Becherer said the announcements continued during the game.

“I remember, in the first half, the PA announcer coming on and saying there was going to be a Boone County celebration. That gave us a little extra motivation,” he said.

Early lead

The Rockets struck quickly.

On the opening kickoff, Boone County fumbled, and the Rockets’ Chris Chanda recovered, setting up a 22-yard field goal.

The Rockets’ defense then forced a Boone punt.

On their second possession, the Rocket found the end zone on a 2-yard run from Charles Warfield. The touchdown was setup by Hicks’ only completion of the game, a 35-yard pass to Stoner.

“That was huge, to get out front like that,” Becherer said. “Because, on paper, they were better than us.”

With a 10-0 lead, the Rockets held on to halftime, but Hicks would make his mark again.

The shifty quarterback, who paced the Rockets’ read-option attack, reeled off a 59-yard run from his own 11-yard line in the third quarter, setting up his TD that gave the Rockets’ a 17-0 lead.

“I can still remember that play,” Hicks said. “It was unbalanced to the right, and we’d come back and to the left on a read-option. We did a lot of misdirection stuff. We came back left, and there was nobody there.”

With that lead, and the Rockets’ stout defense, Shelby was able to hold on through the fourth.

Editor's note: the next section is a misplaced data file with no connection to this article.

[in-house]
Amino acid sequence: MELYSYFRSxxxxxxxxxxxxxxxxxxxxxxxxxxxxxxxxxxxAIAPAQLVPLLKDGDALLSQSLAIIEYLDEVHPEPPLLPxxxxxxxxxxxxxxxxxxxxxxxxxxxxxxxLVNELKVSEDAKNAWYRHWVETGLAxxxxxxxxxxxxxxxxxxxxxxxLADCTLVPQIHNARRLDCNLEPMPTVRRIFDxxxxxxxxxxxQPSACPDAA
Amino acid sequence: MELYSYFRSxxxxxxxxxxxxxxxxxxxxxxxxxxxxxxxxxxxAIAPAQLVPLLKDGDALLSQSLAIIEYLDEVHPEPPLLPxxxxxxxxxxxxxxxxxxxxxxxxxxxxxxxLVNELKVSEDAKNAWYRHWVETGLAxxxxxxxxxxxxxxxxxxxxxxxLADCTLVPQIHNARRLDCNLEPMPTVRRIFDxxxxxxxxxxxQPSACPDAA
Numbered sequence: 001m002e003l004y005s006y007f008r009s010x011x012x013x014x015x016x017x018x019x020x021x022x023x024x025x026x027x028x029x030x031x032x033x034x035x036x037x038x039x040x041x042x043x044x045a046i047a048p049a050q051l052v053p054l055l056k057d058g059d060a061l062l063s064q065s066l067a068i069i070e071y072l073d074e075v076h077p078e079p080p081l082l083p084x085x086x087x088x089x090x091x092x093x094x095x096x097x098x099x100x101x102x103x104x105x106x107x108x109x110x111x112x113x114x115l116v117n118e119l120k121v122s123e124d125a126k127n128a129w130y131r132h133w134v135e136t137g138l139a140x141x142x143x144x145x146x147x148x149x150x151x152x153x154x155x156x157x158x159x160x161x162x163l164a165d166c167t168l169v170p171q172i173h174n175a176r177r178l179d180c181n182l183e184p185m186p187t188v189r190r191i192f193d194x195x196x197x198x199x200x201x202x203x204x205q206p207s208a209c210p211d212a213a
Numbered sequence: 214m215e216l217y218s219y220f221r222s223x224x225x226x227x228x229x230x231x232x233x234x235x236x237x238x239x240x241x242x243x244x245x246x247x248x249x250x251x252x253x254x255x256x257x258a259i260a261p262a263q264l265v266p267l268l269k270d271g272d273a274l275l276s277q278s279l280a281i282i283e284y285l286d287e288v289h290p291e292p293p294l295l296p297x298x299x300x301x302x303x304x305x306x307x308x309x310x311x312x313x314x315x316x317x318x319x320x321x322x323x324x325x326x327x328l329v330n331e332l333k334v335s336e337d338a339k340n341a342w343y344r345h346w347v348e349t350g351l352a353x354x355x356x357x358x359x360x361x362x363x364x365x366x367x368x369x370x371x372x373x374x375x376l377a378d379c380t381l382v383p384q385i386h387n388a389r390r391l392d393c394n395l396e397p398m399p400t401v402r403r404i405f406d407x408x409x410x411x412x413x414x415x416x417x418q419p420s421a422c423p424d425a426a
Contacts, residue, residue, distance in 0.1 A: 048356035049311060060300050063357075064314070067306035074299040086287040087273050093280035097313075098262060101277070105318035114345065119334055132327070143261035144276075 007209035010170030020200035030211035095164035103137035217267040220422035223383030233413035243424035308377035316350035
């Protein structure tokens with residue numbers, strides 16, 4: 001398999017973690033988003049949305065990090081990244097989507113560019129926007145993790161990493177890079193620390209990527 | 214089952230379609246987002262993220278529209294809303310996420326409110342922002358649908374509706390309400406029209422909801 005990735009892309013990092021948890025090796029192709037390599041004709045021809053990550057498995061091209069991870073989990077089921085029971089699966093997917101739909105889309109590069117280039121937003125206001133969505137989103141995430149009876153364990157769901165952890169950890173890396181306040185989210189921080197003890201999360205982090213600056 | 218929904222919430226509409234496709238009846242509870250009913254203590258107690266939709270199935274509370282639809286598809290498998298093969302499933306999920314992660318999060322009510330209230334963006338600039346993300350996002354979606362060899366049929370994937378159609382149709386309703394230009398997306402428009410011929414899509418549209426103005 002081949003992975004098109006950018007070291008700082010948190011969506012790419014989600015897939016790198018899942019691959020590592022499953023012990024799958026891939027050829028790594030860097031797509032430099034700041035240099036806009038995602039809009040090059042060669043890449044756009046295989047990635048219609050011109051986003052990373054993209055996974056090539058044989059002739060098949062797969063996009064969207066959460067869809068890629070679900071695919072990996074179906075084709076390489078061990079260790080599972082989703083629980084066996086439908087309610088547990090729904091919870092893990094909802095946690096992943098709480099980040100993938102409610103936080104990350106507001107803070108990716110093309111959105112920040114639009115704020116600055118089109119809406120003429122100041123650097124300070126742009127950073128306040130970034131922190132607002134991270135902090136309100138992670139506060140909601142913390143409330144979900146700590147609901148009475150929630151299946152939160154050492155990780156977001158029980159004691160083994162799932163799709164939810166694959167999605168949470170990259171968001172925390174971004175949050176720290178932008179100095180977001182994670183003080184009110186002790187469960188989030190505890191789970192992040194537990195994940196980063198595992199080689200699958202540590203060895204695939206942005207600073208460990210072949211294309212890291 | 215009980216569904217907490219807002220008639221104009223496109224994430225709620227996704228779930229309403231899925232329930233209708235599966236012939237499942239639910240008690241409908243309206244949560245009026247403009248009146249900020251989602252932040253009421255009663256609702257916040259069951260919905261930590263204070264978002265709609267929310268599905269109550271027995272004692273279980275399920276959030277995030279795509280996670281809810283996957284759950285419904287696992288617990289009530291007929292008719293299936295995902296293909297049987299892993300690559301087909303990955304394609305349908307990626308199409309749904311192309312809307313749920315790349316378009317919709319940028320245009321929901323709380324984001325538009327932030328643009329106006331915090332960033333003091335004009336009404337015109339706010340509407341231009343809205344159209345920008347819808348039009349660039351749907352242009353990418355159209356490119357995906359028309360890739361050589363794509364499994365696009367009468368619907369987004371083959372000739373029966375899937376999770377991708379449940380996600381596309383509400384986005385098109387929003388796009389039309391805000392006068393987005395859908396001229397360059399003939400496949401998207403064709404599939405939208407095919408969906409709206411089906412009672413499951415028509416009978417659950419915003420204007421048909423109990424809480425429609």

“It was a good thing we had that lead,” Becherer said. “I think they kind of woke up in the fourth quarter and started coming at us pretty hard. The game got tougher as it went along. I think the final play, or maybe just their final play, Reggie got an interception.”

And that was just enough as the Rockets held on for a 17-14 win after two fourth-quarter TDs from Boone County.

Hicks said the Rockets just went into the game focused and ready.

“We went in and everybody said we couldn’t win it, but Coach Becherer and Coach [Hubie] Pollett had us so focused,” he said. “We just didn’t listen to what people had to say. We just played our game.”

Advice for Titans

Reggie Hicks, quarterback of the 1987 team, said he picked up some valuable advice going into that title game against undefeated and favored Boone County.

“In 1976 and ‘77, they came up short in the championship game. I knew a lot of those guys, and they just kept telling me to stay focused, don’t listen to what anybody’s saying about the game, and play our game,” he said. “I’ve seen this Titans team play, and they’re good. There’s a lot of similarities going up against a powerhouse Northern Kentucky team, and I’ve tried to tell them the same thing – stay focused and don’t listen to anybody about the game.”

Edmund Becherer, a tight end on the team who also has two sons, Bennett and Browning Becherer, and a nephew, Lawson Page, on the team said the Titans have a shot.

“They can win this game. It’s a lot like our game. They don’t put spreads on high school game, but I’d say we’re a pretty big underdog this time, too.”

But both said they’d be there and cheering for the Titans.

“I’d love to have some company from Collins on that state championship list,” Becherer said.

Added Hicks: “I wish Collins good luck. It’s a little mixed feelings because I’m a Rocket, and we’re still the only Shelby County team with the championship. But I’ll be proud if they win.”